THURSTON COUNTY, Wash. — The language in Michelle Fearing's neighborhood covenants didn't only surprise her, she could not believe it.
"It was shocking," said Fearing. "I’m reading it going, ‘Whoa. Wow. That’s crazy.'”
In Fearing’s case, the Beachcrest community’s covenants, written in 1948, said, “No other than the white race shall be allowed to occupy any residence in this subdivision except servants.”
Fearing is one of more than 30 Thurston County homeowners who removed language prohibiting anyone other than the white race from living in their neighborhoods.
While the language is now illegal and unenforceable, Fearing modified her paperwork so the language will be omitted the next time the property is sold.
Fearing said filling out the paperwork and getting it witnessed by a notary public took about an hour.
“It’s the right thing to do,” said Fearing.
Thurston County sent out letters to hundreds of homeowners identified in six neighborhoods across the county with covenants containing the racist and illegal restrictions.
In the Stratford Park neighborhood, which was developed in the early 1950s, the covenant includes the language: “No race or nationality other than the Caucasian race shall use or occupy any building on any lot.” The covenant did allow for “domestic servants, of a different race.”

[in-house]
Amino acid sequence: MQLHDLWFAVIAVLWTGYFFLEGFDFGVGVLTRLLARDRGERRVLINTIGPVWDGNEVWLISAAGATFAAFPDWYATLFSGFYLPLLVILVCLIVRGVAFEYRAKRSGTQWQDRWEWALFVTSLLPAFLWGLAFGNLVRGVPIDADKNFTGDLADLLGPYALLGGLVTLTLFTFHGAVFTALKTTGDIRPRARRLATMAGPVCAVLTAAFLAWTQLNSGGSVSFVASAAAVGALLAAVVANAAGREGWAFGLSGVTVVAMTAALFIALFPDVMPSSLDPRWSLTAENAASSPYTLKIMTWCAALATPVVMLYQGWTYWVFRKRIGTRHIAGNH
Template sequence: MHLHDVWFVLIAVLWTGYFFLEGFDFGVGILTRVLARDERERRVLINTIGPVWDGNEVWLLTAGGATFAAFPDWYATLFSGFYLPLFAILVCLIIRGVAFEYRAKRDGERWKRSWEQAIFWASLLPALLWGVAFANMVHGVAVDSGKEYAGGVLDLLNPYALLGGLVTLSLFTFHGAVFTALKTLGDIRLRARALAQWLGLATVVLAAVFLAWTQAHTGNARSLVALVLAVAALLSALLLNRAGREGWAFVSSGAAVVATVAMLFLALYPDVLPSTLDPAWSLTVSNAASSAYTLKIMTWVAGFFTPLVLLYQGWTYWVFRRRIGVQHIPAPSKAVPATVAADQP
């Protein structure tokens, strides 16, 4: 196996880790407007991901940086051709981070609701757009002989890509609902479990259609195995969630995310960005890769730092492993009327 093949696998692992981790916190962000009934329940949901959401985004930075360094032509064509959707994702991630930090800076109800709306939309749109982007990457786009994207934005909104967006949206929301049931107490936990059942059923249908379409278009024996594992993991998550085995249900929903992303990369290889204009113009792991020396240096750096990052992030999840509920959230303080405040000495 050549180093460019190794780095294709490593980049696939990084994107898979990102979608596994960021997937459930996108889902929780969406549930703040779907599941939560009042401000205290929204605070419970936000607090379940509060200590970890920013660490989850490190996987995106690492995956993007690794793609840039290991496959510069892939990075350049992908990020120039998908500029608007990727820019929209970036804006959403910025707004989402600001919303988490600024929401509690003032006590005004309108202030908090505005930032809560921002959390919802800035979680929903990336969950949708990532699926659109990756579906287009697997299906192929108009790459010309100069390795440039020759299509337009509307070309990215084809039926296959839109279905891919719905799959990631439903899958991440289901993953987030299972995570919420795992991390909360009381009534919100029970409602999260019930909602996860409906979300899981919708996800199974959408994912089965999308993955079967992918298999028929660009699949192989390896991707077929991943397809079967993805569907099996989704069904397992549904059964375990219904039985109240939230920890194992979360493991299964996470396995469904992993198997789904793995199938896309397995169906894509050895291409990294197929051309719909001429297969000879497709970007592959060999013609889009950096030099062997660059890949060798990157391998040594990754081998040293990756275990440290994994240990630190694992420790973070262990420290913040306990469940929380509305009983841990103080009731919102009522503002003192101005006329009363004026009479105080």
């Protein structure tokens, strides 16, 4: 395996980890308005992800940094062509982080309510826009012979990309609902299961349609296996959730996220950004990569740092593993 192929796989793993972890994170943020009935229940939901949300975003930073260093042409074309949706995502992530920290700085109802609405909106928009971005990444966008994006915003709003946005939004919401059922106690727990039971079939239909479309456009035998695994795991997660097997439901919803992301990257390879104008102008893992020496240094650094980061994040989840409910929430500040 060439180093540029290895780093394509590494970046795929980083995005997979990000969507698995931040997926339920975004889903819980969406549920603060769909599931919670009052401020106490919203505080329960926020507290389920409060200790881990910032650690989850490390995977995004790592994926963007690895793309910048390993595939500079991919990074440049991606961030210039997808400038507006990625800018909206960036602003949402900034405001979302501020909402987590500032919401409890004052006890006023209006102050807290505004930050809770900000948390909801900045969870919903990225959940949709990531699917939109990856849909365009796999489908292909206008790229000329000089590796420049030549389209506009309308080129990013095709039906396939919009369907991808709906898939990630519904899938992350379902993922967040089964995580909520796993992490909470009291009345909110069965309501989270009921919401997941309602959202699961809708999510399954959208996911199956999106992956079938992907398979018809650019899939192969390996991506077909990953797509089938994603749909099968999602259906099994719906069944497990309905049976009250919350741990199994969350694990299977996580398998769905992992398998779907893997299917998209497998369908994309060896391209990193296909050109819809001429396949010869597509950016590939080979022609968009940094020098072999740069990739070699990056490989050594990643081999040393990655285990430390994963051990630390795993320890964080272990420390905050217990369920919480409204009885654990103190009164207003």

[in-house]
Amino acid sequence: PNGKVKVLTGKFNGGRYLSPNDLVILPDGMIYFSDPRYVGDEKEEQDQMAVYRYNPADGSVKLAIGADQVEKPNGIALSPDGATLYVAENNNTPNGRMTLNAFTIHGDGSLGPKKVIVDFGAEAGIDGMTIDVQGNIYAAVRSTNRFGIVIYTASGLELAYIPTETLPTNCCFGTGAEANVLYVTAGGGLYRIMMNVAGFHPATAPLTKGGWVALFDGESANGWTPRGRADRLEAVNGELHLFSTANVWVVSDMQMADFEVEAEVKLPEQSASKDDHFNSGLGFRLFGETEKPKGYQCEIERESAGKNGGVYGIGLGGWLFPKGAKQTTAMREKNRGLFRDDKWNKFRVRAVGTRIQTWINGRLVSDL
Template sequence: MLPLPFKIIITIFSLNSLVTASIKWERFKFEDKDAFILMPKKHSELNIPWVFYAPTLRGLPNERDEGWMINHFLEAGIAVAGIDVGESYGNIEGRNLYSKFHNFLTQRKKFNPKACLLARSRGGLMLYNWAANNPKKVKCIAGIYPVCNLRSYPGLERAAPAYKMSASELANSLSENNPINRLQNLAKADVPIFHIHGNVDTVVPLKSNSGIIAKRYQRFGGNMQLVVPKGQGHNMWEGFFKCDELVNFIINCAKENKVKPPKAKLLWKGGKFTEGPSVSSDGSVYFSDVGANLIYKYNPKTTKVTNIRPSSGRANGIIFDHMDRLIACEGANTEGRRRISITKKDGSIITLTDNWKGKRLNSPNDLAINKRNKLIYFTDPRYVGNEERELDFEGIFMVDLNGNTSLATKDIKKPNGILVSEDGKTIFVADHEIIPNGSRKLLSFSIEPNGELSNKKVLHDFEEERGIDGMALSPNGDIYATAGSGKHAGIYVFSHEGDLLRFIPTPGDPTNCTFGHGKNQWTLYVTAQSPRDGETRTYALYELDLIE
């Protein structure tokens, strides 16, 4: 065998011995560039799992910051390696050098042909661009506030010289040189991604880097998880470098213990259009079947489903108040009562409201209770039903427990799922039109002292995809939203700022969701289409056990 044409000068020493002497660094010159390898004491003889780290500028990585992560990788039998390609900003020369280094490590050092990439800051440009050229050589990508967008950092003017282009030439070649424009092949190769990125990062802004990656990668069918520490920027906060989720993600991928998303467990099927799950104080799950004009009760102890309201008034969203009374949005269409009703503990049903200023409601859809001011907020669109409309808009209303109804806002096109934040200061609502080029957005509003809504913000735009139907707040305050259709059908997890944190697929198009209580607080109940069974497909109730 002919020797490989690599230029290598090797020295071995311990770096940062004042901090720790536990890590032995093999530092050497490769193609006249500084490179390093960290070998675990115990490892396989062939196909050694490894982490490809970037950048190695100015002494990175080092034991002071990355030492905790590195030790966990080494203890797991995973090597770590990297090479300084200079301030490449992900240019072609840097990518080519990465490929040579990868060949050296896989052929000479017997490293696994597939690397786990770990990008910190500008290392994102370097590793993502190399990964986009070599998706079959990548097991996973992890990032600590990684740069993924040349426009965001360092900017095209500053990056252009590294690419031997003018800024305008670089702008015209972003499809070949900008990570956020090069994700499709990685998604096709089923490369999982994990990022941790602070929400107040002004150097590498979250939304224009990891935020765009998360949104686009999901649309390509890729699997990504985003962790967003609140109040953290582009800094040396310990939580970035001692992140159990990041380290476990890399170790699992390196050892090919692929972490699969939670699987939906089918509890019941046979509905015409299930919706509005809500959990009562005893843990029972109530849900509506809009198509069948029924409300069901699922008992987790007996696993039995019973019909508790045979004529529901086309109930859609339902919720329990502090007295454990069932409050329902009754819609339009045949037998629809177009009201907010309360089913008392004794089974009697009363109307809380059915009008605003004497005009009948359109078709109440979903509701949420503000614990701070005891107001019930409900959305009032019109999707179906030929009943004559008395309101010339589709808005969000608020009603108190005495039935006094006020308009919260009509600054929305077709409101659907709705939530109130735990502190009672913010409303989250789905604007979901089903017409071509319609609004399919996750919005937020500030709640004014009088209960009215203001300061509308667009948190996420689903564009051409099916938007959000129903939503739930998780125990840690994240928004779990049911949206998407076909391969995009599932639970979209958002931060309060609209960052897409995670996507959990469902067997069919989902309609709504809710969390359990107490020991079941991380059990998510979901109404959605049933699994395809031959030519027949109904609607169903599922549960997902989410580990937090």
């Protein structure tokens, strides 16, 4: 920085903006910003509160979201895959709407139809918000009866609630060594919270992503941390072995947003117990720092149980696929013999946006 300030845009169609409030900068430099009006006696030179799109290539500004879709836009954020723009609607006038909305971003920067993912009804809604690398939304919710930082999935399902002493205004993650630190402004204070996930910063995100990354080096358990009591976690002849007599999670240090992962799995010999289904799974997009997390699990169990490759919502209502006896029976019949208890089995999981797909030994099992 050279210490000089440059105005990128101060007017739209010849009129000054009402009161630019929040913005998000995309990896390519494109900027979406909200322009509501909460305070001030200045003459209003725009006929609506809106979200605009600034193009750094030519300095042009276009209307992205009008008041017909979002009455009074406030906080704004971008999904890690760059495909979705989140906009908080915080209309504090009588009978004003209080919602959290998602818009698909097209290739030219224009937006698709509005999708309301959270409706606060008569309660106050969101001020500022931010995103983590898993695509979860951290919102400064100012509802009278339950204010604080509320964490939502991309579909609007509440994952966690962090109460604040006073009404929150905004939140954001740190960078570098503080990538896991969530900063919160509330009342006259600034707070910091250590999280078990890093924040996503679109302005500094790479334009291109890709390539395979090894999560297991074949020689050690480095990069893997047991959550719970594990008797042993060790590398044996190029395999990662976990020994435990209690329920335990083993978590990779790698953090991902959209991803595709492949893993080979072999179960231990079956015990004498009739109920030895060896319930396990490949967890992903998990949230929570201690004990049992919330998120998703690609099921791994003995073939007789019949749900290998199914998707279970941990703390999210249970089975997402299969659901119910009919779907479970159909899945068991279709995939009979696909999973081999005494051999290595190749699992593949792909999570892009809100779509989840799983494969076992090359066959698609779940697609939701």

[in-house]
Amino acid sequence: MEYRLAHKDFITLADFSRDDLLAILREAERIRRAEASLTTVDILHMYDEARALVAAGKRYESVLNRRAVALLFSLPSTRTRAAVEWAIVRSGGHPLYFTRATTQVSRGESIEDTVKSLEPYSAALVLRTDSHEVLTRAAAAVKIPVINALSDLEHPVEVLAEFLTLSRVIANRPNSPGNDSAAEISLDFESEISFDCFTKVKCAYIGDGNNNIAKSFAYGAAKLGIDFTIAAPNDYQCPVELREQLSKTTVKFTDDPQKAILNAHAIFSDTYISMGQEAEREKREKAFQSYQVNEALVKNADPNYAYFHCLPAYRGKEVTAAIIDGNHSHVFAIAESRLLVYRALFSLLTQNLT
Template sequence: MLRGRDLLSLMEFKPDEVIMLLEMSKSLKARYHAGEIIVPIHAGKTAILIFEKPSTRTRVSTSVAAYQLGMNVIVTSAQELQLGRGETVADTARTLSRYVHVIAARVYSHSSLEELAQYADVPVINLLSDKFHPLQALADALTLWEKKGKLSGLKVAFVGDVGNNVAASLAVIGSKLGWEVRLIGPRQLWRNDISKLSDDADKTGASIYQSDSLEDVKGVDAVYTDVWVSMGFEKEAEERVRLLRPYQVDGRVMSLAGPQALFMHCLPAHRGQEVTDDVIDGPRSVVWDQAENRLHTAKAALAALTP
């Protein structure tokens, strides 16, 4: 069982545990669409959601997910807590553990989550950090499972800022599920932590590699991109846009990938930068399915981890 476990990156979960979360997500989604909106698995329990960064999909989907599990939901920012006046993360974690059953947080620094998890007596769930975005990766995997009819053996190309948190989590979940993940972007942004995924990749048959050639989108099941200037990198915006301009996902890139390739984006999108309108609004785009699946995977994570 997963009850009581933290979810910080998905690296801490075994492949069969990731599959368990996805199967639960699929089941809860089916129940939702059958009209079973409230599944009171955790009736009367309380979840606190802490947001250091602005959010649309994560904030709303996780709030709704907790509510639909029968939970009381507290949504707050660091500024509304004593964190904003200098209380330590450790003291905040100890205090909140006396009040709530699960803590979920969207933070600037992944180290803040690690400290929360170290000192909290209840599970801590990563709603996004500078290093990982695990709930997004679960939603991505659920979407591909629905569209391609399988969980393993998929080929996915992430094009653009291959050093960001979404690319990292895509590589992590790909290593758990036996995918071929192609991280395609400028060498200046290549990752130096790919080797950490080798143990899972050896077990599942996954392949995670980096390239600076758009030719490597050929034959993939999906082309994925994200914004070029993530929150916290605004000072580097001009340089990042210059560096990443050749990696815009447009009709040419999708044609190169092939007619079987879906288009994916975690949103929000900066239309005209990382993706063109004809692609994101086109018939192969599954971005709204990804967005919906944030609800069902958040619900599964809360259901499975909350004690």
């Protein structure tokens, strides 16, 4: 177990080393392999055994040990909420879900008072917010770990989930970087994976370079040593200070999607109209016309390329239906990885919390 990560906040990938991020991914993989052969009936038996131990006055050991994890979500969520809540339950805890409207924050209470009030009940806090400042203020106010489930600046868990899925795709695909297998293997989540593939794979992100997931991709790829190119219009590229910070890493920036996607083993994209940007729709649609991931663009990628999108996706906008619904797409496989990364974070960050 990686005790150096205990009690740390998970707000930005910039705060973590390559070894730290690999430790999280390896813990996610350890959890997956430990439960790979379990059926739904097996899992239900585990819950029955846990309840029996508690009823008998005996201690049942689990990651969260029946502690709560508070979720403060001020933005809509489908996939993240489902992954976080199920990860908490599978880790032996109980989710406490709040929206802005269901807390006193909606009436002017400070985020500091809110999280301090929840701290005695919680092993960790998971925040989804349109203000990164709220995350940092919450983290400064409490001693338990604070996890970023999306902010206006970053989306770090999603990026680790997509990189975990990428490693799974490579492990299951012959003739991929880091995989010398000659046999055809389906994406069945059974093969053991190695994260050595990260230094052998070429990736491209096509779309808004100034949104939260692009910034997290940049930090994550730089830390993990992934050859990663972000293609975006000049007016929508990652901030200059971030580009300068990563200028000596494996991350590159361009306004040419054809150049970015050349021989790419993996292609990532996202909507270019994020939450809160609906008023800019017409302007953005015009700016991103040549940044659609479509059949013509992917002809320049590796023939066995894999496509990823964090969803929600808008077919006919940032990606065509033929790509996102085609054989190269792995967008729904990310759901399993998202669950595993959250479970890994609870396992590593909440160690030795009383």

Auditor Mary Hall chose to have her staff inform the public about the wording and how to remove it.
She said it’s time to right a wrong.
“When I got to Washington state I was shocked how white it was. And now I understand why,” said Hall.
A new state law is expected to lead to more discoveries of racist covenants. House Bill 1335 requires students at the University of Washington and Eastern Washington University to review existing deeds and covenants for discriminatory restrictions.
County auditors would be notified if any racist language appears in covenants or deeds within their counties.
Rep. April Berg, D-Everett, sponsored the bill and said potential homeowners deserve to know if racist language is part of their neighborhood’s past.
"I know for our family, when we moved here over 20 years ago we had a lot of options of neighborhoods," Berg said. "We specifically avoided ones with racially restrictive and repugnant covenants."